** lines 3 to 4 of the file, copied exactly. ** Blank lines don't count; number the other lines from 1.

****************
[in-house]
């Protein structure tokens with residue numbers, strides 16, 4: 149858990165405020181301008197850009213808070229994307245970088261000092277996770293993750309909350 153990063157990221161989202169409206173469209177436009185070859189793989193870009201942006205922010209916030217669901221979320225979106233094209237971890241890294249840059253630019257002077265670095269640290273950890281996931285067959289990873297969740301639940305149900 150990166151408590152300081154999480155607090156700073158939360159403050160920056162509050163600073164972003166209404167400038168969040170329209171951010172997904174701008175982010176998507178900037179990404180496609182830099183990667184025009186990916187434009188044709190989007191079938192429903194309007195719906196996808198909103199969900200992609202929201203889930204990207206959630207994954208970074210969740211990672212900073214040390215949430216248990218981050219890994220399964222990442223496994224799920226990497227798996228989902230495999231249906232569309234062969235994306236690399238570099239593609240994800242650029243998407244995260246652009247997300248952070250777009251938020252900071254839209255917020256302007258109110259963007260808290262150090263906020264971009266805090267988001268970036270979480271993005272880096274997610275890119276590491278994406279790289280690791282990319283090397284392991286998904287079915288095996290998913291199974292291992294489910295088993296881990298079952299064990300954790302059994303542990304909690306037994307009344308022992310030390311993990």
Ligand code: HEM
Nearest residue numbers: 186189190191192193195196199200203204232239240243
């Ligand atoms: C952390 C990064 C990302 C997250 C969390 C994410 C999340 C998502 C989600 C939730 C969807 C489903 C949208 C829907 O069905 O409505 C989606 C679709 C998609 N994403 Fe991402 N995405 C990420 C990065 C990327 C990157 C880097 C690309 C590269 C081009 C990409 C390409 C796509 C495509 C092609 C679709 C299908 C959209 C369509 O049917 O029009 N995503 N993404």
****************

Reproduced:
Ligand code: HEM
Nearest residue numbers: 186189190191192193195196199200203204232239240243